Part of an extinct volcano, jutting up from the ocean, they consist of a group of two major islands and several lesser islets in East Nusa Tenggara province. They are part of the Lesser Sunda Islands, lying between the Flores and Savu Seas and the Pacific and Indian Oceans.
Our support rib approached us slowly. As we took our kit off and boarded the boat, some of the boys also clambered aboard, while others hung onto the ropes attached to the inflatable sides, all set to enjoy a gentle cruise back to the liveaboard.
The boat-crew were clearly used to the boys from previous trips to the area and chatted to them in Indonesian, translating our questions and the answers, which the boys found very funny, guffawing and giggling loudly.
Approaching Mermaid II, we saw a whole group of villagers in dugout canoes, tiny fishing-boats and rafts made from all sorts of flotsam and jetsam heading the same way and clambering onto the duckboard at the stern of the liveaboard. We laughed to see several children, some only toddlers, in tiny dugout tree-trunks, using pieces of polystyrene as paddles.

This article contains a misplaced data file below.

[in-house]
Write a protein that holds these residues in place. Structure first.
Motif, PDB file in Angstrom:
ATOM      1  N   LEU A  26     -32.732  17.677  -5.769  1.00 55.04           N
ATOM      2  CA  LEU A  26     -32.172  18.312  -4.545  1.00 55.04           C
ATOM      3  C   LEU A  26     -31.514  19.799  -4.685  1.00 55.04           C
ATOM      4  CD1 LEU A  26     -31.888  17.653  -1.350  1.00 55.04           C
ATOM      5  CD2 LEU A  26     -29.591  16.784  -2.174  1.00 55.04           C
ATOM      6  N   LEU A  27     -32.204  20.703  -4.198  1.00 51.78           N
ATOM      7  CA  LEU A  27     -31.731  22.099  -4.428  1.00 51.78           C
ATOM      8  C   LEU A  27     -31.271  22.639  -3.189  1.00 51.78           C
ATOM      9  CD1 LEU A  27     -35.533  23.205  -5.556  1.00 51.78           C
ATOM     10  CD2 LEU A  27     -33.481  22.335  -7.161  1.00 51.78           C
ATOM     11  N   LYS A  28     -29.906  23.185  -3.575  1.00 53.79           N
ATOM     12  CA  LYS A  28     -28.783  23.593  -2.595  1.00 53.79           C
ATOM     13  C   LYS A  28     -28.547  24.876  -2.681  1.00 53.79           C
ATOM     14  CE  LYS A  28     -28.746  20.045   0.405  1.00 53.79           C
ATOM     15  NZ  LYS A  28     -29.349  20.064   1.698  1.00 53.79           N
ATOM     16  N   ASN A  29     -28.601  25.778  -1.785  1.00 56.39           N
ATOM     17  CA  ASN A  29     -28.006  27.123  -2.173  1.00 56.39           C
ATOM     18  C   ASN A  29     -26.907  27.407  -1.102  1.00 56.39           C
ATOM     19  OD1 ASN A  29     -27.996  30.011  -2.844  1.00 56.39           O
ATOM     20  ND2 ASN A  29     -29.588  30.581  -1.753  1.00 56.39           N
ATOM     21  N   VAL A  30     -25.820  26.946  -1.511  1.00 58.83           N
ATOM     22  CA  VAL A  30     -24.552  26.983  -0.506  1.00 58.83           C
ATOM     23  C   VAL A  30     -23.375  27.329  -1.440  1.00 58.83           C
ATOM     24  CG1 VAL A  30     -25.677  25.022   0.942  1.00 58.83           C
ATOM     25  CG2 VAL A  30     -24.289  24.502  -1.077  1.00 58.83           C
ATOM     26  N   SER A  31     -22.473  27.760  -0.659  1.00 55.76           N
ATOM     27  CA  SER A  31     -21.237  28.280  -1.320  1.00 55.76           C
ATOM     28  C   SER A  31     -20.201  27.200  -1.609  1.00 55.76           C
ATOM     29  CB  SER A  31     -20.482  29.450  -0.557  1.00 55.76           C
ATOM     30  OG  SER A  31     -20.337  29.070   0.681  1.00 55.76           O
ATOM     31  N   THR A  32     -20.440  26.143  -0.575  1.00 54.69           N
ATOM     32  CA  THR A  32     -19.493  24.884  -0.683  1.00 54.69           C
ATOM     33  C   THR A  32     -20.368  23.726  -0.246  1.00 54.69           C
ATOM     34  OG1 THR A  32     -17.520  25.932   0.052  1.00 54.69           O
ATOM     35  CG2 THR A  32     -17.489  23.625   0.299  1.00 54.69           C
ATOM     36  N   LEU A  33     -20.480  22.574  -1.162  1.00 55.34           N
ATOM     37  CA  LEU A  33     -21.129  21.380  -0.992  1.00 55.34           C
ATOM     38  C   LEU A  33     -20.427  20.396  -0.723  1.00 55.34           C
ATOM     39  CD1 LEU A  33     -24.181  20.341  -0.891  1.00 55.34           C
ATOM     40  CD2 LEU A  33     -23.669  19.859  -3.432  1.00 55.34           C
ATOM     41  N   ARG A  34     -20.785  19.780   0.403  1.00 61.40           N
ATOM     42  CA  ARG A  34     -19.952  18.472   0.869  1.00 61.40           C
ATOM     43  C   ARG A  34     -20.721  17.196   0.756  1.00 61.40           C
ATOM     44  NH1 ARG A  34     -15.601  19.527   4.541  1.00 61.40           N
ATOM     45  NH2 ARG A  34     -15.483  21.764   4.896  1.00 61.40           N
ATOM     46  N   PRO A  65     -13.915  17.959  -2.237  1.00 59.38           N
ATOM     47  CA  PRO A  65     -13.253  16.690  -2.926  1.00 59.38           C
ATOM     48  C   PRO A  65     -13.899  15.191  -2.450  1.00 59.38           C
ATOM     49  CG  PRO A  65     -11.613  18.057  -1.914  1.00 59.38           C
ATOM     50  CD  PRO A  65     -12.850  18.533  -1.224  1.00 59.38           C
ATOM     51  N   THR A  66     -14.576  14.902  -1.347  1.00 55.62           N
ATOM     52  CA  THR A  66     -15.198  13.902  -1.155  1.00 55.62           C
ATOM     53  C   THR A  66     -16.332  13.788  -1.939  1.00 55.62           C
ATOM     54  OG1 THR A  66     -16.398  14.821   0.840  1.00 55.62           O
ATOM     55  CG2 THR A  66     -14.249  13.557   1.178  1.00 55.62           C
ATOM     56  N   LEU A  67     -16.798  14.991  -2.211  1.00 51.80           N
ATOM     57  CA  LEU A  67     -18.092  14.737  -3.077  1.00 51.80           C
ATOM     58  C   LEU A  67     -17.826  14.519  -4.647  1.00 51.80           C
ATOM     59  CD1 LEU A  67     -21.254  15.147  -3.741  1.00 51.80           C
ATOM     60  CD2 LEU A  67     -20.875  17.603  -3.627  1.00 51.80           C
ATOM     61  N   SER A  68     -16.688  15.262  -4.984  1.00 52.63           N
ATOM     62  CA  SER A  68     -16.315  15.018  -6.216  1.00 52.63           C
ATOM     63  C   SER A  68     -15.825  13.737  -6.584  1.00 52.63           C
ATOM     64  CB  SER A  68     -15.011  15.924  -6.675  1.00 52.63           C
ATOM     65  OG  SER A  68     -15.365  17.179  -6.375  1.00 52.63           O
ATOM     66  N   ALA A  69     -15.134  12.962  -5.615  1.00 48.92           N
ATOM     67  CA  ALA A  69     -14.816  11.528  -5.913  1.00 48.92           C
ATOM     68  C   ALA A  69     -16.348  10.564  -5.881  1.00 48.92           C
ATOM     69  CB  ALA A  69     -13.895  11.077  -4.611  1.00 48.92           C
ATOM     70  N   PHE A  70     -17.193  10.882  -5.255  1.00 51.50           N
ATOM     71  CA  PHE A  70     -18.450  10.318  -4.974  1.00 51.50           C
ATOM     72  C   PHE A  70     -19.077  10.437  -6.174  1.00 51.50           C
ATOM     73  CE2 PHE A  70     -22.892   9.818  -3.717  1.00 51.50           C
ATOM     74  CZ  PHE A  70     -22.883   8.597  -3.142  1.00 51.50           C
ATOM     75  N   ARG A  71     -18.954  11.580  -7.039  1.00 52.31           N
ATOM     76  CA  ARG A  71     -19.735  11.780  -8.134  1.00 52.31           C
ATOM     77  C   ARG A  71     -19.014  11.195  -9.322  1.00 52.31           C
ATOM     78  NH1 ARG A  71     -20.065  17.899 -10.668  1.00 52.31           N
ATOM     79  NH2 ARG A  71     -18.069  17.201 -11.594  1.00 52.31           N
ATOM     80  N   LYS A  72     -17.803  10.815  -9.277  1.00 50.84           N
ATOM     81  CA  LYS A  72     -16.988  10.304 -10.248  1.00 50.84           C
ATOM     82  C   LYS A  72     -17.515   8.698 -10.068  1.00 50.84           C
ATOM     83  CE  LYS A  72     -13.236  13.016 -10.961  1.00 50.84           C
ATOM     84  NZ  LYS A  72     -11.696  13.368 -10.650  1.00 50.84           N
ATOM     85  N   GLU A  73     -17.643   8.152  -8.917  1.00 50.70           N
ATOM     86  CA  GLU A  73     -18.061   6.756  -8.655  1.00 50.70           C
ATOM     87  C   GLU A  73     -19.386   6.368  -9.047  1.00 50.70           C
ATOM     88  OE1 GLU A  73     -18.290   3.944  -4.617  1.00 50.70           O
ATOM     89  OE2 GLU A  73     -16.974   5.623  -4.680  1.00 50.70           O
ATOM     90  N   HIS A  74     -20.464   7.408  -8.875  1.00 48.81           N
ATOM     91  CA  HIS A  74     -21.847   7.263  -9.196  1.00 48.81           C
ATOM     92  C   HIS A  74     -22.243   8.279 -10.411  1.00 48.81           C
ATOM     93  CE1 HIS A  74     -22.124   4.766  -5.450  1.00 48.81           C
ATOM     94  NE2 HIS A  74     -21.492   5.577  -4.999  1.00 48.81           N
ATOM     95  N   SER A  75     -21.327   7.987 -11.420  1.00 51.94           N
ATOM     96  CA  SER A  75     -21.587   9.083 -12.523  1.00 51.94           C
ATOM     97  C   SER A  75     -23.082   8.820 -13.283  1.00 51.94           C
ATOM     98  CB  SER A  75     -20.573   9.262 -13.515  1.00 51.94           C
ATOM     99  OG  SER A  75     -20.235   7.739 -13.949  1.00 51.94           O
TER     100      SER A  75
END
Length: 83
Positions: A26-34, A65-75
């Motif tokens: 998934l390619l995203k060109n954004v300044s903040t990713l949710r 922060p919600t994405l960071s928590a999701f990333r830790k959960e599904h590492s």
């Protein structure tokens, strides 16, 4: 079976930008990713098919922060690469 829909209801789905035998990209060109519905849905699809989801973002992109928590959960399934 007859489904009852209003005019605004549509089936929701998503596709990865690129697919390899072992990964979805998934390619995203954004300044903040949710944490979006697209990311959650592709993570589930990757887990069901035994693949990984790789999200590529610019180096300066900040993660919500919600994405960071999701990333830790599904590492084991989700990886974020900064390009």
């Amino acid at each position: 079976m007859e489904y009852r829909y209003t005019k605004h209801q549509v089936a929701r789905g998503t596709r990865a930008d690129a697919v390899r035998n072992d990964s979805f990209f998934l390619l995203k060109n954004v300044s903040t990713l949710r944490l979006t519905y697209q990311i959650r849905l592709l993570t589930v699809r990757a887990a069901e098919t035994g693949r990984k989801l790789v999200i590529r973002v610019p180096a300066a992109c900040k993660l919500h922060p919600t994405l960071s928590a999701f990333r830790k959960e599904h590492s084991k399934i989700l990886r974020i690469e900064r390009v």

They obviously had no fear of the ocean, because they delighted in filling the canoes with water until they were almost submerged.
We were diving off Yan village on the island of Pura, a lone rock in the middle of the Alor Islands. Being so remote, the islanders have no choice but to live off the sea. Fishing is a way of life.
Located in the centre of the Ring of Fire, the islands consist of volcanic sand and rock which, along with the mix of several nutrient-rich currents, makes for an incredibly healthy reef system full of marine life, from the deepest depths right up to the shore.
The villagers have made the most of the gently sloping reefs on their doorsteps by choosing to freedive, and set up home-made bamboo fishing-cages to complement more traditional types of fishing using boats.
Swimming the short distance from shore dragging the cages, they place them on the slopes at depths from 5 to 10m, securing them with rocks. While diving we had spotted several different shapes and sizes of cages full of colourful fish, dotted over the reef at various depths.